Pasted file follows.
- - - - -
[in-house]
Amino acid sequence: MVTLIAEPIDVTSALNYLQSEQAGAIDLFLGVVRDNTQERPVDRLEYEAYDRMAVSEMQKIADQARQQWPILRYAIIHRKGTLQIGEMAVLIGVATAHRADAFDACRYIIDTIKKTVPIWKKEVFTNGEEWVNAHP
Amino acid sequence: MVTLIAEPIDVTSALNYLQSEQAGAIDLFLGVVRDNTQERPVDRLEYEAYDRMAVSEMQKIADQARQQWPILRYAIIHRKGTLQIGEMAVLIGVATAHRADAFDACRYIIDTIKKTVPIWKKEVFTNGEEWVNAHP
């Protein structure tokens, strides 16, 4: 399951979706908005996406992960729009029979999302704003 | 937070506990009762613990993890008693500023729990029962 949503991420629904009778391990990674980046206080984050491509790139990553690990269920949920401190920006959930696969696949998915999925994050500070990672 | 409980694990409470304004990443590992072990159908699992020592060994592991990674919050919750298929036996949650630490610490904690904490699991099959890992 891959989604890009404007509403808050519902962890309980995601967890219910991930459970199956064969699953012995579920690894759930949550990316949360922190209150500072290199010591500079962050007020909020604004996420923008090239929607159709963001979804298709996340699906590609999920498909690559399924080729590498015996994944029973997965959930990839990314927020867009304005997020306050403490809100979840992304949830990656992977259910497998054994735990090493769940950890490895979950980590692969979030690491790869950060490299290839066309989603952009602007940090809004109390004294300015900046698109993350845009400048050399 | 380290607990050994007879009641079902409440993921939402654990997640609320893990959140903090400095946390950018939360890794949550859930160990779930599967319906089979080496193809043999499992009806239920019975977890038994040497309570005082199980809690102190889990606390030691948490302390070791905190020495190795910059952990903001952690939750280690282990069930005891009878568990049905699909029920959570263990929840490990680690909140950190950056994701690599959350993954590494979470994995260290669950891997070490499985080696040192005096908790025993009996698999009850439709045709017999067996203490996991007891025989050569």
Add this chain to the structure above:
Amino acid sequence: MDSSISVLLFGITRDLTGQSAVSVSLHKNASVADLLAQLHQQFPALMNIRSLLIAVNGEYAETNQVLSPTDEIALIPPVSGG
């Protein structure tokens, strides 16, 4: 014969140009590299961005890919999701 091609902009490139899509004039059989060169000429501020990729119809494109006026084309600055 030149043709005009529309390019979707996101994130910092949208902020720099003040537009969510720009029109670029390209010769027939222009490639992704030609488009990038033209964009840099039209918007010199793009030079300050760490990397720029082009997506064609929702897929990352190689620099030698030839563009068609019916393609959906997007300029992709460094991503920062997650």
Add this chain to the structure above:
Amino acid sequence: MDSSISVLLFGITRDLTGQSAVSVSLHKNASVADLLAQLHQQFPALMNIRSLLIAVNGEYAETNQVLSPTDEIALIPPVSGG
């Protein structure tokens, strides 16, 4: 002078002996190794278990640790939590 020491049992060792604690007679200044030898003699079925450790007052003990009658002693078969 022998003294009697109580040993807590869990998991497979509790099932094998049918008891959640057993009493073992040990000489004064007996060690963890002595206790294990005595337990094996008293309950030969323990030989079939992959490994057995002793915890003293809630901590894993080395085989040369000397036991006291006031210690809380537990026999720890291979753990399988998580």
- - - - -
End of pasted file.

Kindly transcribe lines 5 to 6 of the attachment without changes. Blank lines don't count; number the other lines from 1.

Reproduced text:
Add this chain to the structure above:
Amino acid sequence: MDSSISVLLFGITRDLTGQSAVSVSLHKNASVADLLAQLHQQFPALMNIRSLLIAVNGEYAETNQVLSPTDEIALIPPVSGG